Georgia's ports officials say, they don't think Savannah's working port is the best place to put a temporary cruise ship terminal.
City officials are considering the possibility of a cruise ship terminal to boost tourism.
Any permanent dock would have to be near downtown.
But to get up and running, a cruise industry consultant recently told city officials, Savannah could welcome visitors at the Georgia Ports Authority.
Agency spokesman Robert Morris says, the shipping terminal has too many security and operational concerns to handle cruise lines.
"There was universal support for a cruise ship terminal but not on an existing jobs that is creating jobs and economic development," Morris says. "It doesn't seem to make a whole lot of sense to eliminate one form of economic development and job growth in order to create another one."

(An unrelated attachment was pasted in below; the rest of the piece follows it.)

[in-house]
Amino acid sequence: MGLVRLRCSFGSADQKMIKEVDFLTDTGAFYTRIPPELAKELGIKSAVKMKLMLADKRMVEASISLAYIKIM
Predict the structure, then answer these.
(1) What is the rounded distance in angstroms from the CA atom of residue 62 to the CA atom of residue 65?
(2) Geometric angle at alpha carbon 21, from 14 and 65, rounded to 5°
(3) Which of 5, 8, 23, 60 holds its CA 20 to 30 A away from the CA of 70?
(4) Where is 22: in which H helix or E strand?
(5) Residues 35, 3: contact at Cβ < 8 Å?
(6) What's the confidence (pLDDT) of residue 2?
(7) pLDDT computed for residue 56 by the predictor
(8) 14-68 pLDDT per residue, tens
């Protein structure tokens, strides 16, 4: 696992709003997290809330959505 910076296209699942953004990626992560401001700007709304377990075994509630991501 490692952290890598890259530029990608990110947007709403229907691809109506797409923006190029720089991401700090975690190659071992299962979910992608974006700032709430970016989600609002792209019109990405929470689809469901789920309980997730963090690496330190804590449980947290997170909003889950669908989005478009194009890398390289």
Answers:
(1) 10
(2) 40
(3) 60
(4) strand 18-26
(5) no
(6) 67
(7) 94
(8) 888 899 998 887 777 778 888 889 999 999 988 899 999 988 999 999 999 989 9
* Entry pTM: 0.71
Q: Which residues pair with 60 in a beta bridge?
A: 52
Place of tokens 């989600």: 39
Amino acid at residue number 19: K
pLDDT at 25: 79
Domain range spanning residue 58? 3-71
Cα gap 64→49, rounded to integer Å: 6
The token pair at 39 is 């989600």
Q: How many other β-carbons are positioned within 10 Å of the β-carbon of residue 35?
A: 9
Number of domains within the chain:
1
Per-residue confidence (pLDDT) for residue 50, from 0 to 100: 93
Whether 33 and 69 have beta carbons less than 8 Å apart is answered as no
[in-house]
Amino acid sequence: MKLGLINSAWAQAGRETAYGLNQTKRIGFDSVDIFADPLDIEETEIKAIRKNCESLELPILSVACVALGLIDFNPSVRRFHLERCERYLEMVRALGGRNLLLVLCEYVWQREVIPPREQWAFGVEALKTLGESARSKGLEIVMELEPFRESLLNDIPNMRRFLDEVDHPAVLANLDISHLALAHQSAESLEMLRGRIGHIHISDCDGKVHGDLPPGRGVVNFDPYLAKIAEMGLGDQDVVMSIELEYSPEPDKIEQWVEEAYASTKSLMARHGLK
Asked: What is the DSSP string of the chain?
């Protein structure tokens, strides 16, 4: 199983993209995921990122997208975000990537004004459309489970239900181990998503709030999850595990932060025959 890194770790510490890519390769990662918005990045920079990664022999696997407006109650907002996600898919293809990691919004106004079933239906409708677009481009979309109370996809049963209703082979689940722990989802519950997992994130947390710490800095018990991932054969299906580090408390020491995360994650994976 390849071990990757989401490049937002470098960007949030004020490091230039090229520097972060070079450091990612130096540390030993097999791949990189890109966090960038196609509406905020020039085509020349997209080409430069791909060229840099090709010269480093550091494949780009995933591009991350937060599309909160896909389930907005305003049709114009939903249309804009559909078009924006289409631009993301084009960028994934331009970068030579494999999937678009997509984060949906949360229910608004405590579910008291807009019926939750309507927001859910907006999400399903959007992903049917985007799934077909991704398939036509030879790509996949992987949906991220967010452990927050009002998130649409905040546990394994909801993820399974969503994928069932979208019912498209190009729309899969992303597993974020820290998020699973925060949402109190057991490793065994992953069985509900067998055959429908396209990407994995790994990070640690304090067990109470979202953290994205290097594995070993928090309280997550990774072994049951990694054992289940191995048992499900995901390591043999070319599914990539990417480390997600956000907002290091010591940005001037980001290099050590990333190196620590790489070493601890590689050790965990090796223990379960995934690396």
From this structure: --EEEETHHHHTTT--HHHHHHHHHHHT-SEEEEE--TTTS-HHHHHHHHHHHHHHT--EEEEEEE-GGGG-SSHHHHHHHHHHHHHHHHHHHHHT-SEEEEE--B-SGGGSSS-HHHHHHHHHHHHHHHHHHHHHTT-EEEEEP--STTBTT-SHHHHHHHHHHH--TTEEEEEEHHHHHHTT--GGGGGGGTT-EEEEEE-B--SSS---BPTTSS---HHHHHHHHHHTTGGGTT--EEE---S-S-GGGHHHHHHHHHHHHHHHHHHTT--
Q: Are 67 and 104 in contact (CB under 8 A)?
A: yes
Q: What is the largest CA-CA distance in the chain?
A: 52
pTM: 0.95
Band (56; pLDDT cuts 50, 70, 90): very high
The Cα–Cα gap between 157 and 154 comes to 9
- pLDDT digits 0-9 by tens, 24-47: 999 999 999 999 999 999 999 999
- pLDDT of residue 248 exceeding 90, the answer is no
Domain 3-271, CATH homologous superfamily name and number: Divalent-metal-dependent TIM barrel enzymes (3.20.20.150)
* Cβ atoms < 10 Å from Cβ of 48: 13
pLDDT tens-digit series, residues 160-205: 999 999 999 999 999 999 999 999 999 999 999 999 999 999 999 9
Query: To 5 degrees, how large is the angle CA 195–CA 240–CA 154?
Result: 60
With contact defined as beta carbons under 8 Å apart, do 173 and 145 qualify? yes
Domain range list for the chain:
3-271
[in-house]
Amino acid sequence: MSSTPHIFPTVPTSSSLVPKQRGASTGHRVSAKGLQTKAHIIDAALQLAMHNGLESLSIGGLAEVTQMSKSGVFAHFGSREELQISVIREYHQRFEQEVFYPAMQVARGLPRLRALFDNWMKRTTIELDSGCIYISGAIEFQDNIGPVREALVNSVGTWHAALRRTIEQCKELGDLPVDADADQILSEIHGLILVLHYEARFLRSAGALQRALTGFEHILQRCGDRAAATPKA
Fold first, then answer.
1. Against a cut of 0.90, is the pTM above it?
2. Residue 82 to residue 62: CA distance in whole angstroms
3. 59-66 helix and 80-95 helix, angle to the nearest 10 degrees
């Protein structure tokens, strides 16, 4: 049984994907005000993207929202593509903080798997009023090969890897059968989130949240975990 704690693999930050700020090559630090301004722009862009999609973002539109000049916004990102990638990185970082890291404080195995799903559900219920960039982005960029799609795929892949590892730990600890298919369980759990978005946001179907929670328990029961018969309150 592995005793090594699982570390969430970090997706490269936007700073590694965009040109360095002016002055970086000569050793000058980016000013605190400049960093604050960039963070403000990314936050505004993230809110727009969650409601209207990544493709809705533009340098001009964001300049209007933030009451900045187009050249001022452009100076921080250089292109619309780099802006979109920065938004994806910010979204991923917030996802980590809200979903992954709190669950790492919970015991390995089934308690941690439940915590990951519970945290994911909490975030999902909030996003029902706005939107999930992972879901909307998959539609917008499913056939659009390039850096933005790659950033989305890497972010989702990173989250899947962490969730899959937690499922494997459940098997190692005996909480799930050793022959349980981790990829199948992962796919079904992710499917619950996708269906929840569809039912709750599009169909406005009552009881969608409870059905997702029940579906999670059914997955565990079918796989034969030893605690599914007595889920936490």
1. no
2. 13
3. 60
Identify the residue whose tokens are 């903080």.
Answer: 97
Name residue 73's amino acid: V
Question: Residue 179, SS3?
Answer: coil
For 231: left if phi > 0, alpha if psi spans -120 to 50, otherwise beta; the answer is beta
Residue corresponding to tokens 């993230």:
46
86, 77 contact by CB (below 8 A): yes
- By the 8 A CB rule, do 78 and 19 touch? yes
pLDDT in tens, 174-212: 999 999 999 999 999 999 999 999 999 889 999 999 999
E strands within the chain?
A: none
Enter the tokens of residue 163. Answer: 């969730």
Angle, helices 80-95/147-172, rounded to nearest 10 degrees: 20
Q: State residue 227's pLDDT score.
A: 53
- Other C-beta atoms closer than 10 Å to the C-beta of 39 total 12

The city paid $50,000 for the feasibility study.
State and private funds paid the rest of the consultant's $129,000 fee.
City spokesman Bret Bell says, the city isn't in a fight with the Georgia Ports Authority.
"We're in the very early stages of this," Bell says. "We want to look at every single site, even if it might not be feasible."
Without a temporary site, Savannah might have to wait longer for an expensive permanent cruise ship terminal near the Historic District.
There are no shortage of ideas on that front.
The most frequently mentioned include the Savannah International Trade and Convention Center on Hutchinson Island and the multi-million-dollar taxpayer-financed riverwalk at the hulking, deserted and stalled private development called Savannah River Landing.